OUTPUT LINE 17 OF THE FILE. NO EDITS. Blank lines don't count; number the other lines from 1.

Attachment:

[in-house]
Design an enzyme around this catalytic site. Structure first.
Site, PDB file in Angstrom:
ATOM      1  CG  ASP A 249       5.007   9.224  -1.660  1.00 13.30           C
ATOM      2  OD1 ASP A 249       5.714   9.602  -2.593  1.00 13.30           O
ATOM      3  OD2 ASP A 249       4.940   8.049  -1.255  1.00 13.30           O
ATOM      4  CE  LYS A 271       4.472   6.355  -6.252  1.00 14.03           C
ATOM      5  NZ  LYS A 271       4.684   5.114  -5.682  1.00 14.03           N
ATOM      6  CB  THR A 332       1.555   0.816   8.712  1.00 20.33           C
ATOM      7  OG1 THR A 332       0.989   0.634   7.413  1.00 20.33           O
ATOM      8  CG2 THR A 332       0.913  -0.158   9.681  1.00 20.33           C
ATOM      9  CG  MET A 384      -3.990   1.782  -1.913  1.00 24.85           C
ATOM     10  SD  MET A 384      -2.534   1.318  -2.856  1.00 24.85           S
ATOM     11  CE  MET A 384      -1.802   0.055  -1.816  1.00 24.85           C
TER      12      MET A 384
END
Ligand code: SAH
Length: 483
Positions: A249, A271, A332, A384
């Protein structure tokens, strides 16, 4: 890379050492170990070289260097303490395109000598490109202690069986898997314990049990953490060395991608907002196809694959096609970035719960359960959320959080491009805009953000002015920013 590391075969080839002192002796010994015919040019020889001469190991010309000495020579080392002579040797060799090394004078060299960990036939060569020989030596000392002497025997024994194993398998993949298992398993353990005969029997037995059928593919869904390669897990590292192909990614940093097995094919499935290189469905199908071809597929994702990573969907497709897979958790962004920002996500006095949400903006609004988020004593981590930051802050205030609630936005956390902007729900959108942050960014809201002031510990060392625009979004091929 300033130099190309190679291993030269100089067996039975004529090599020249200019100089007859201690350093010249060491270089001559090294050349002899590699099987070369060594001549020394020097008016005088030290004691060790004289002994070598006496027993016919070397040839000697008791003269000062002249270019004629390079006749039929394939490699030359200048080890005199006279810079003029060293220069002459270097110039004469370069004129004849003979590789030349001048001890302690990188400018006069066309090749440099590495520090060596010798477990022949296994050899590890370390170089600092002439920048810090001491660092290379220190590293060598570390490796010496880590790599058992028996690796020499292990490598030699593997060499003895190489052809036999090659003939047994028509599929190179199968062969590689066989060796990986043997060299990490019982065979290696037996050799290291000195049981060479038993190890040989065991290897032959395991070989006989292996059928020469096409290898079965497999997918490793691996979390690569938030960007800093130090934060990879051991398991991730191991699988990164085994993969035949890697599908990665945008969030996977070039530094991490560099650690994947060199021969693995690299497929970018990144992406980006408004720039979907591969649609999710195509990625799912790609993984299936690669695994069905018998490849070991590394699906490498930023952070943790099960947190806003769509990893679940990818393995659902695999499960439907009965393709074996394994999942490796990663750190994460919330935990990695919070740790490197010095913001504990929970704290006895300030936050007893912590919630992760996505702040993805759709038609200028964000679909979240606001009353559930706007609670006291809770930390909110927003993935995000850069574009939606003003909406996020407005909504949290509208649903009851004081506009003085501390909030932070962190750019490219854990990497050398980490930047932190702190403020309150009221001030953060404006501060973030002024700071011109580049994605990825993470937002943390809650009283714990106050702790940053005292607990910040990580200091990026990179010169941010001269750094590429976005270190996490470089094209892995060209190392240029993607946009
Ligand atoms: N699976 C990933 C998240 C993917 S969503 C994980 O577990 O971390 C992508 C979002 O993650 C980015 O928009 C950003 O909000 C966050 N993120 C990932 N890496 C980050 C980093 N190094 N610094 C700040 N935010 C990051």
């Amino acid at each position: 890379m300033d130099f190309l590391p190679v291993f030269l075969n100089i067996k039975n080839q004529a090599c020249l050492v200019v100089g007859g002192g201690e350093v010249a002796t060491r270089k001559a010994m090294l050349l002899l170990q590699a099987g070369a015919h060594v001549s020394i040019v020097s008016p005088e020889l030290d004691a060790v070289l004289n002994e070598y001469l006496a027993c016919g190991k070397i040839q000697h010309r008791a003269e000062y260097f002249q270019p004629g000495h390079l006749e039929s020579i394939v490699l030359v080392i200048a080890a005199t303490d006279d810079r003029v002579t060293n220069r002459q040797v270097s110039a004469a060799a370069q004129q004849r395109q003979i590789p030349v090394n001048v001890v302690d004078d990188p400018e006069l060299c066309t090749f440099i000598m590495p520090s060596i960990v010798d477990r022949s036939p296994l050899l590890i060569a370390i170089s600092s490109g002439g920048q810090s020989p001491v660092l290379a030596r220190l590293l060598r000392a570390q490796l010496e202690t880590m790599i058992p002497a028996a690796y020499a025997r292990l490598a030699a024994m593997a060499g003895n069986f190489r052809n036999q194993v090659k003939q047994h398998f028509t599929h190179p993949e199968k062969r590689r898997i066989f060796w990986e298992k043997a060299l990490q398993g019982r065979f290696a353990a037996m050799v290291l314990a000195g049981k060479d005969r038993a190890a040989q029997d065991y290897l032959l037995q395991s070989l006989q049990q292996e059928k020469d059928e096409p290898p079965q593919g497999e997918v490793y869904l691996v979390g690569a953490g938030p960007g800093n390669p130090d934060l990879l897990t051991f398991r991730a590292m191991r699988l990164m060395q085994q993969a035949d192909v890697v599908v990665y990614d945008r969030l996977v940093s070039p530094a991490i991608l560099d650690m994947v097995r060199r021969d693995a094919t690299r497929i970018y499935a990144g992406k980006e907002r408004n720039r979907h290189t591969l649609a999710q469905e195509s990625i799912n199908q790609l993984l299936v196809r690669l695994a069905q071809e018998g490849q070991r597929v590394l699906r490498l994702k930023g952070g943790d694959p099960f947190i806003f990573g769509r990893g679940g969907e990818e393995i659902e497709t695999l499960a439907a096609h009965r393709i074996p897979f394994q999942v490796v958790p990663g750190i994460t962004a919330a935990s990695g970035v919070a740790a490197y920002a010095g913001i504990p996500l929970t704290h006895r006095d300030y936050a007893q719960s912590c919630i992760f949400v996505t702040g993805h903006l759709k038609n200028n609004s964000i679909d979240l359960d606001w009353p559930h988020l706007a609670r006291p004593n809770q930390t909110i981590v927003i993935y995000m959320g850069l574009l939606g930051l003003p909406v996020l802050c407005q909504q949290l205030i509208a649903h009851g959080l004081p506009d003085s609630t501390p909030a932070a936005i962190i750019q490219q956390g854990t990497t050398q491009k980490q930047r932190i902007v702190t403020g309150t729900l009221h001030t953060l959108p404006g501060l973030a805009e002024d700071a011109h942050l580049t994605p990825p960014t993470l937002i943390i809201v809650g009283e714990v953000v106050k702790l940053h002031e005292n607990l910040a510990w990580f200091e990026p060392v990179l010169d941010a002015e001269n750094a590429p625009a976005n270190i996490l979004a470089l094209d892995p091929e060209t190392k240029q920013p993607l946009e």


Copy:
Ligand code: SAH